This 21-track greatest hits release comes to us from one of pop's most prolific and shapeshifting bands in recent memory. Spanning a decade of EPs, this collection is an excellent starting point for the new SFA listener. Have no fear: included for the seasoned connoisseur are a few obscure, early and hard-to-locate tracks. Pulling influence from everything from The Beach Boys to Brian Eno, this collection is a fairly accurate core sample of what SFA is trying to accomplish as a creative entity. You may need a Welsh translator for some of the track titles, though.
Ten killer moments at SXSW 2005 (plus a few more)
By Michael Henningsen
There's a little game I play with myself every year at South By Southwest, where I try to see more bands than I did the previous year. A couple of years ago I broke the magical 50 mark and have been unable to match it since. This year, I managed to take in 35 acts over four sleepless nights and three bleary-eyed days ... and with a mangled left toe even.
Dada Life Press Photo
Dada Life • electronic, house
By Joshua Lee
This is not a DJ duo from Sweden. Wait. No. Actually, it is. Sorry, I got carried away. Dada Life is one of the biggest DJ acts in the world. I don't really know what that entails, though, to be honest. It involves dancing, I think. And auto-tune. But I don't really care, because these guys are hilarious. Their logo is a champagne bottle flanked by two peeled bananas. They have press photos involving pastel suits and Sears family photo-style ambiguous cloudy backgrounds, and one showing member Stefan Engblom shoving an oversized piece of meat into member Olle Cornéer's straining face while giving words of encouragement. That's funny. And anyone that funny deserves a show of your support, which you will have a chance to display when they come to The Stage this Friday, Sept. 2, at 9pm. If you're over 21, purchase a $25-$35 ticket, get your ass down there and let these boys know how appreciative you are of their comic genius. Oh. And let them know you like their music (even if you're old and don't get it, like me).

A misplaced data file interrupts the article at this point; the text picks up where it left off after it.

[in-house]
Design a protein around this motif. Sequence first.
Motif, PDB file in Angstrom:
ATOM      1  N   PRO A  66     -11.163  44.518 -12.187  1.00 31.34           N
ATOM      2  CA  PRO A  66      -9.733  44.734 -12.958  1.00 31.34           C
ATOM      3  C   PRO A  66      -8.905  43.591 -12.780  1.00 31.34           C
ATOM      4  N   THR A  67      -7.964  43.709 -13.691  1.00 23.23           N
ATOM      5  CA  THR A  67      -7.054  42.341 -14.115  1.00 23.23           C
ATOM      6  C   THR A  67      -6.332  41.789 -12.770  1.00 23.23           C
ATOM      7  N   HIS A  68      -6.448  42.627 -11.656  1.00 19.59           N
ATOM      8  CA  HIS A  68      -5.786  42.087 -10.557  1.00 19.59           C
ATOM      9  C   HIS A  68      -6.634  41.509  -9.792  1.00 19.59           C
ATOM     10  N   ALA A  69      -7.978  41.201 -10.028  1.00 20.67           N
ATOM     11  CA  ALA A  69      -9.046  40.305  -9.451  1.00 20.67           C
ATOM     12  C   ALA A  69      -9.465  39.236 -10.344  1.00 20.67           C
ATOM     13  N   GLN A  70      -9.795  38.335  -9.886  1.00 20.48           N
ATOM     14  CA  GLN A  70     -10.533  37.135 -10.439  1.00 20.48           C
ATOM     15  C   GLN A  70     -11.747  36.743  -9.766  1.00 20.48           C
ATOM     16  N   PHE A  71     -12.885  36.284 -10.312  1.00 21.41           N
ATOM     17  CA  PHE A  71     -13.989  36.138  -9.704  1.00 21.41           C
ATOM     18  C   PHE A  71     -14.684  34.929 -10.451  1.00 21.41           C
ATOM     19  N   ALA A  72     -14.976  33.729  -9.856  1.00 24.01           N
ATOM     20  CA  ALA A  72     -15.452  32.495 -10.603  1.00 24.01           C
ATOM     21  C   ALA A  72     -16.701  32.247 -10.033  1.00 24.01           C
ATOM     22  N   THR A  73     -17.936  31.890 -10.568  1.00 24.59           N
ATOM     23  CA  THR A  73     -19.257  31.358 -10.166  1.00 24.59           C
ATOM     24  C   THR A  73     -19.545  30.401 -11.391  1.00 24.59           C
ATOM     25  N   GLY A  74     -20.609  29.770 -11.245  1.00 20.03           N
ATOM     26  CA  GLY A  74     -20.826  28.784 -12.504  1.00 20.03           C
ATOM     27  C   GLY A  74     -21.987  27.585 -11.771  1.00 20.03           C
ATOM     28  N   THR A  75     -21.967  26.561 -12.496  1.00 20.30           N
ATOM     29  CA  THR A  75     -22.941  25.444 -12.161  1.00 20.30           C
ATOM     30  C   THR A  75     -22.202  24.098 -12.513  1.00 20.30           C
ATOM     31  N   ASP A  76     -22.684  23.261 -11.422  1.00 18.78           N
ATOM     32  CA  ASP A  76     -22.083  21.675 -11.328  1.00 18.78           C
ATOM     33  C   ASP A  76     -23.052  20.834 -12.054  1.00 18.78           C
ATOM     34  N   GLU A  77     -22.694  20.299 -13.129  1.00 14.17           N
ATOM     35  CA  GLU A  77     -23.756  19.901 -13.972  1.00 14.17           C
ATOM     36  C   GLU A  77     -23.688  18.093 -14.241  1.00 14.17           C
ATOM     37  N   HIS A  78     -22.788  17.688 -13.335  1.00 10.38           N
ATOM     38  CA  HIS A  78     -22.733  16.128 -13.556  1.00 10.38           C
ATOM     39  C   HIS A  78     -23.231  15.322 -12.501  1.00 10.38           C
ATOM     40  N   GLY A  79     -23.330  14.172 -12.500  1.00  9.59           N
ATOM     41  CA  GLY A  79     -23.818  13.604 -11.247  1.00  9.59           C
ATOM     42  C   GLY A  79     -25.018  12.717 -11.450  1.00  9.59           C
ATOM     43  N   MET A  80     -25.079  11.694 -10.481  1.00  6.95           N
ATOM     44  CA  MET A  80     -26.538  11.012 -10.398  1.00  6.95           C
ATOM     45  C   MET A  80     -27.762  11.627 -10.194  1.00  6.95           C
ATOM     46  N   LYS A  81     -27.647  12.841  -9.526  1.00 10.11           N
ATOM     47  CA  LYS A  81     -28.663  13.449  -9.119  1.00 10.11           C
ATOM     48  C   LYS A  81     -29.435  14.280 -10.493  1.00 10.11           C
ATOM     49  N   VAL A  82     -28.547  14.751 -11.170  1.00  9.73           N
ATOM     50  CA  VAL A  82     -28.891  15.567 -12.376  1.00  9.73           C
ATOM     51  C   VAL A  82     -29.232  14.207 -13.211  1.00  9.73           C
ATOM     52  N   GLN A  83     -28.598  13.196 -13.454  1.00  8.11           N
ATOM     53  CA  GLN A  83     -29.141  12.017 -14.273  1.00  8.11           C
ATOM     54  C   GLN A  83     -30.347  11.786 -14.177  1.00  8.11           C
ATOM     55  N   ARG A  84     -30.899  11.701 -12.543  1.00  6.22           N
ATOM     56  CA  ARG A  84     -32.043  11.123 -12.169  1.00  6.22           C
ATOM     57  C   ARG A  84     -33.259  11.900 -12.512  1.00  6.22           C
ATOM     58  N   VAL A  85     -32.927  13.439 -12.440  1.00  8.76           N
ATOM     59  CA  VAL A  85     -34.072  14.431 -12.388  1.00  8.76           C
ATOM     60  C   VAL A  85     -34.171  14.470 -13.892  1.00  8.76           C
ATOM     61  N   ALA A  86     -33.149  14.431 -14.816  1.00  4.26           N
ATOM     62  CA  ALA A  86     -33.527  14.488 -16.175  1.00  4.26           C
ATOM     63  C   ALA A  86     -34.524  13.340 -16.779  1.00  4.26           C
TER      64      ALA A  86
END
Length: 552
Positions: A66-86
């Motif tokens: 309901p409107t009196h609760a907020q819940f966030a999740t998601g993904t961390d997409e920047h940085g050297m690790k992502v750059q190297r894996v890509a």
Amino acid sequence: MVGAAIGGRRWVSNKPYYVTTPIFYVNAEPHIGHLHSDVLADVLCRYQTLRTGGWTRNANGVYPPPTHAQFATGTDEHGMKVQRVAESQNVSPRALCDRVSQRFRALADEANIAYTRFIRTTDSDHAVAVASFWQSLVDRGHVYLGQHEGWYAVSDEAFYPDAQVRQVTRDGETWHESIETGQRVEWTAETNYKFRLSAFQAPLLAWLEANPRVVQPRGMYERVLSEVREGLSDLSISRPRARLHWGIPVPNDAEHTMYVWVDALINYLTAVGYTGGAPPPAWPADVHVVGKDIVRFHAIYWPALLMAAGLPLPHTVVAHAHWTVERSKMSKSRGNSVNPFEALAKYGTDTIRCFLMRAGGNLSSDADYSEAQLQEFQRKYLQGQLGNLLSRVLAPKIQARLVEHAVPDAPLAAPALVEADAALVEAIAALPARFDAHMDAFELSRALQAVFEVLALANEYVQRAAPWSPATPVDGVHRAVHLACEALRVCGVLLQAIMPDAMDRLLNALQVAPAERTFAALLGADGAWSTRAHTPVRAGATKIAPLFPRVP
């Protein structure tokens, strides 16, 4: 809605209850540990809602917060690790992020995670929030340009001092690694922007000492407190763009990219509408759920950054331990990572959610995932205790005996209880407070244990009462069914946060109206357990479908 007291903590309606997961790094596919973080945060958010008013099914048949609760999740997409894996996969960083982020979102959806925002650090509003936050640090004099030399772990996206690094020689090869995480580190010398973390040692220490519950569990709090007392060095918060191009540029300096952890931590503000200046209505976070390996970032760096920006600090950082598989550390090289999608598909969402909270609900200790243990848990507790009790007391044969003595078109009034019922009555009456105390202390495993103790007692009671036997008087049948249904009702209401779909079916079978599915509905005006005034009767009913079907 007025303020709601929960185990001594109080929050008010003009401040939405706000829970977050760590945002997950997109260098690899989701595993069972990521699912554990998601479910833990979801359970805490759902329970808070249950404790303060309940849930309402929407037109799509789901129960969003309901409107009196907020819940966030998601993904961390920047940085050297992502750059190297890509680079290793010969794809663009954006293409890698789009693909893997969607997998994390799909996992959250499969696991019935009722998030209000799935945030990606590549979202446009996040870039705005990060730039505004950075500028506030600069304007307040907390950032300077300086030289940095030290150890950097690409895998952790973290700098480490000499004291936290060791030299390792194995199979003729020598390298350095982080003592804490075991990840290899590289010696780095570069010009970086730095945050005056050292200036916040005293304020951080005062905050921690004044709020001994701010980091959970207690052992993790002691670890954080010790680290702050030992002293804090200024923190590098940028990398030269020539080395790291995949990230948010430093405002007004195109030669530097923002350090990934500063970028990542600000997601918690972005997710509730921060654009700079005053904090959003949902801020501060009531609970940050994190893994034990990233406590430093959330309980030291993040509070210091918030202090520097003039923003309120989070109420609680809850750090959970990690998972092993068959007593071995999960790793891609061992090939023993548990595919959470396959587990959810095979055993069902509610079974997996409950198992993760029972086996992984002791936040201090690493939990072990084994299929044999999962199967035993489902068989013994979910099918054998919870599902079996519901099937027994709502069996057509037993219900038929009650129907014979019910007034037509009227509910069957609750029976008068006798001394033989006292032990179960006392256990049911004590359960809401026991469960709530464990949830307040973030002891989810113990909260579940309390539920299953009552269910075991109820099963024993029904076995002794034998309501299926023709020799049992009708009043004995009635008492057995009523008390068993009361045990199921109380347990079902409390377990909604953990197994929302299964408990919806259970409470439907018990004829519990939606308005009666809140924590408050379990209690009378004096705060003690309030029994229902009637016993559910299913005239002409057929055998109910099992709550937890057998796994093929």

Kid Dinosaur • indie rock • St. Petersburg • Cry Steve Cry • psychedelic, surf Americana • Sweet Nothin' • punk rock
By Desiree Garcia
Is a Burqueño actually a Burqueño if they don't support their local artists? If you're unsure, the band Kid Dinosaur will be headlining a show at the Launchpad this Friday, Sept. 2. Doors open at 8pm. It's a 21+ show, because what's a show without a little liquid courage (just for dancing, though)? It's only $5 to support these local indie rockers. Performances will also include St. Petersburg, Cry Steve Cry and Sweet Nothin'.
Courtesy of Watsky Instagram
Watsky • Witt Lowry • hip-hop • Daye Jack • rap • Chukwudi Hodge
By Renée Chavez
In search of rap that's about more than hoes and getting turnt at the club? Cruise over to Sunshine Theater on Saturday, Sept. 3, to experience WATSKY, Witt Lowry, Daye Jack and Chuckwudi Hodge. George Watsky is a spoken word artist, rapper, poet and author who has just released his newest studio album, x Infinity, and let me tell ya, he's rad. Don't believe me? Check out his performance as Shakespeare in “Epic Rap Battles of History,” the flaming-hot “Whoa Whoa Whoa” from All You Can Do, or the fact that he won the Brave New Voices National Poetry Slam in 2006. He tackles complex issues like school shootings, politics, immigration, social media and the bizarreness of the modern human experience with wit and a badass beat. Tickets are $20 for general admission to this all-ages show and doors open at 7pm.